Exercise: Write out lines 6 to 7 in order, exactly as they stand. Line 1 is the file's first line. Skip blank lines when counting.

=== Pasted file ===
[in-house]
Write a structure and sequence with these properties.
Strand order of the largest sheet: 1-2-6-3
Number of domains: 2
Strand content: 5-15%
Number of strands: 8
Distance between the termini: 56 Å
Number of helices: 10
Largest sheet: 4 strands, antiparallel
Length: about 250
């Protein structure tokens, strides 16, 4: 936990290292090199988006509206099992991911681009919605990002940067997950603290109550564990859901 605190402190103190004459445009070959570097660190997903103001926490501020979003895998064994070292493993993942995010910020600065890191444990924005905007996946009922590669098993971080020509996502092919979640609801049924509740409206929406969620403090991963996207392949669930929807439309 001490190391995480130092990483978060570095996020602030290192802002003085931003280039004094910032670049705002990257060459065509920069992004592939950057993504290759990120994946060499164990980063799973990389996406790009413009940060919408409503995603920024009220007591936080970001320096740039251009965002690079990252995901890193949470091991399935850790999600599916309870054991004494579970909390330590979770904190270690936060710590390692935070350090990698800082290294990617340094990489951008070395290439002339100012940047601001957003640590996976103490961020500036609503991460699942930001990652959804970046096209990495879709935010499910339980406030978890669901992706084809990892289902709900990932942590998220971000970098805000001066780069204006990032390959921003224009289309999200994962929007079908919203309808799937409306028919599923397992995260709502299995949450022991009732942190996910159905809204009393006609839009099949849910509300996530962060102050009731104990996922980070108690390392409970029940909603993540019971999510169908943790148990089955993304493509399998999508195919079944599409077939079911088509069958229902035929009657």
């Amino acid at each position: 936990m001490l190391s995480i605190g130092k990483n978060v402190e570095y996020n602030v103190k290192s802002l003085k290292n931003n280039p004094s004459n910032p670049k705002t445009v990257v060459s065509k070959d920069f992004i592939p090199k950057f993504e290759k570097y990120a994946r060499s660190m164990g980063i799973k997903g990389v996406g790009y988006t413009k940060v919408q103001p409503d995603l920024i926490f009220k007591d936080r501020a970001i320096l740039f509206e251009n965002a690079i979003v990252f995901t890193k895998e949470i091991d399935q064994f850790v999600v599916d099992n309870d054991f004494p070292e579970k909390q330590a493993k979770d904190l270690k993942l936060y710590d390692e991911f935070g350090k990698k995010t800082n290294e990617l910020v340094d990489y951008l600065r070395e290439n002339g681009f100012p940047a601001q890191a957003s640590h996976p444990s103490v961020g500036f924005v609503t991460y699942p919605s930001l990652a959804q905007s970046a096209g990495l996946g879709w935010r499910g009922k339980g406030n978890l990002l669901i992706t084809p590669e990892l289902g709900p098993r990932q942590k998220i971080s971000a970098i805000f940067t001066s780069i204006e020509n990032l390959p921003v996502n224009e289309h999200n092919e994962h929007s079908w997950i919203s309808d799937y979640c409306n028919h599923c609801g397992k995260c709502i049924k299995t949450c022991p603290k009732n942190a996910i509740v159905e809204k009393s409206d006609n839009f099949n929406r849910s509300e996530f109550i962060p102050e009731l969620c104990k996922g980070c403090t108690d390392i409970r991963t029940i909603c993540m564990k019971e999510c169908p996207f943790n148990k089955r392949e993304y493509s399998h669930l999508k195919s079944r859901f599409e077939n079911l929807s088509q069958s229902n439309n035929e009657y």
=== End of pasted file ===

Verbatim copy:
Number of strands: 8
Distance between the termini: 56 Å